Sensis to act as middle man for SMEs

Sensis has flagged plans to help SMEs connect with customers

Off the back of an 18-month transformation, Telstra’s search and directory subsidiary, Sensis, has detailed its new focus on aiding small businesses wanting to connect with customers using digital platforms.

The company’s chief executive, Bruce Akhurst, told attendees at a Trans-Tasman Business Circle lunch in Sydney that the increasingly digital world had “rewritten the advertising rulebook” and changed the way buyers and sellers find each other and connect.

“We now have what we call a digital dilemma for marketers, it’s exciting stuff there’s no doubt about that but digital advertising has one big gaping hole at the heart of its business model,” Akhurst said.

“There are so many different forms of digital advertising today and they all support advertisers in different ways… But none of them are a silver bullet for solving the digital dilemma for advertisers.”

According to Akhurst, there is no such thing as a single form of advertising to meet everybody’s every needs and the wealth of outlets such as iPads, smartphones, search engines and websites.

“You end up with a legion of one-trick ponies spruiking single solutions that don’t actually tie together; you can’t buy them together, you can’t manage them together and you can’t measure them together,” he said. “On the other side of the table you have a small business owner who hasn’t got the time, the resources or in many cases the knowledge to manage through this maze.”

Eight five per cent of small to medium enterprises (SMEs) don't use social media, Akhurst said, and only 17 per cent of them have a digital strategy.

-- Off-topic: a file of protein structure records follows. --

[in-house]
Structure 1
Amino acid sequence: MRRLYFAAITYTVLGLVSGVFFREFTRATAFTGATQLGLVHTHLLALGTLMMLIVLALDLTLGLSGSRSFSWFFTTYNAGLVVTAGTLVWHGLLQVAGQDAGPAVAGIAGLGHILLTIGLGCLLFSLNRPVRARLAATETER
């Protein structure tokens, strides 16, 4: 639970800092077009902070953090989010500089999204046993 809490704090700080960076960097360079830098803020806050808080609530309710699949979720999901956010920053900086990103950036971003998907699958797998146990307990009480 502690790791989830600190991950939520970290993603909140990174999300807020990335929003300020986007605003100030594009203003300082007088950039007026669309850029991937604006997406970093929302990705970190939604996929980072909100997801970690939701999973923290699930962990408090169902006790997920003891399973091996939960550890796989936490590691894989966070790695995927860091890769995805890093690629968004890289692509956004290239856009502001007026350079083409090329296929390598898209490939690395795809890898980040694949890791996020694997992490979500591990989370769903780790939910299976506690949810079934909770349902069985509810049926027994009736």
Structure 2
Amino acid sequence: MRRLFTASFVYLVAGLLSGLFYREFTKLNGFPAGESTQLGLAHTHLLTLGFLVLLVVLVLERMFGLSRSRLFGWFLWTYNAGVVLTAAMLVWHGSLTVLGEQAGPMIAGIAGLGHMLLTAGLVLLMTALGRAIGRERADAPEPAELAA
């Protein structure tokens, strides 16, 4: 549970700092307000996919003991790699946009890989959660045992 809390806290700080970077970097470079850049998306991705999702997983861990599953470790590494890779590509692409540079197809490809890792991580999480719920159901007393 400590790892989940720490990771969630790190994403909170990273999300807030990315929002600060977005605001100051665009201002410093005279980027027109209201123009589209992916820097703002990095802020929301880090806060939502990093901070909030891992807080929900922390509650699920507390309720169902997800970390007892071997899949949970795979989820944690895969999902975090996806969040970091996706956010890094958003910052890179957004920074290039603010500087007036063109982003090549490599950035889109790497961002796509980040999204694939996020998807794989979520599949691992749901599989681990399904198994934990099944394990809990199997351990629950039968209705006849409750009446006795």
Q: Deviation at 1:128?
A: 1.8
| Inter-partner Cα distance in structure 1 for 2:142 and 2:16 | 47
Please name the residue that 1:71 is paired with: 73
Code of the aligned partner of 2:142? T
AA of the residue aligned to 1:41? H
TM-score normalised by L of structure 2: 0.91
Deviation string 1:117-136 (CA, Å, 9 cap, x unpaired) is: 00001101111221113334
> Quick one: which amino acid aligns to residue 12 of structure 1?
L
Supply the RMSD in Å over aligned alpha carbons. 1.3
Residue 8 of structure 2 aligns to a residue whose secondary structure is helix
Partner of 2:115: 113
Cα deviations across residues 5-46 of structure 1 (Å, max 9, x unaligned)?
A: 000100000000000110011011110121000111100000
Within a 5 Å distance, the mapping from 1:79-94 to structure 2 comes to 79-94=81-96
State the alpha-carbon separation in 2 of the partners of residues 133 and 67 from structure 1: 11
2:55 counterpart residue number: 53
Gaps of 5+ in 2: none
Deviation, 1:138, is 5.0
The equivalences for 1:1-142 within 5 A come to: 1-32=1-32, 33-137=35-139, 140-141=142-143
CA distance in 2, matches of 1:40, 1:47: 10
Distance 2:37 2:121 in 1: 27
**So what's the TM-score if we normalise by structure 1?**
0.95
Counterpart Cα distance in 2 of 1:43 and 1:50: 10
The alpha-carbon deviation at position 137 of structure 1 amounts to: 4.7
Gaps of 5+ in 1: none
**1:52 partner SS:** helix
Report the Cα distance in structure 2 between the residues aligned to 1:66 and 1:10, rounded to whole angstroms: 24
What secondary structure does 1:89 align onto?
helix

Commenting on the transformation of Sensis, which involved the company adding a number of mediums to its traditional print format including voice, mobile and online, Akhurst noted Yellow Pages had had no choice but to shift from a directories company focused on the annual release of a print directory to a multi-platform service.

In addition to the 18-month transformation, Akhurst outlined the development of an API in March this year to enable developers to access Yellow Pages content to operate their own sites and applications.

However, developers will face some restrictions when it comes to accessing personal information.

“It’s really only commercial business content that we’ll make available and there’s a list of terms and conditions that you have to sign up to, to be eligible,” he said. “It’s not a free for all. One of the most important things is making sure you use the content appropriately and that we also need to be able to meter that content… We need to feed that into our ROI reports for our advertisers so that they know what use is being made and what value they’re getting from various different sites or various different media that their content about business might be published in.”

Akhurst was insistent Sensis' transformation will not signal the end of the print format, claiming the print directory is used at least 1 million times per week by Australians.

“I don’t believe that the print product of any form is just going to go away totally, on the other usage has dipped quite significantly so there’s going to be a blend.”

Follow Chloe Herrick on Twitter: @chloe_CW

Follow Computerworld Australia on Twitter: @ComputerworldAU

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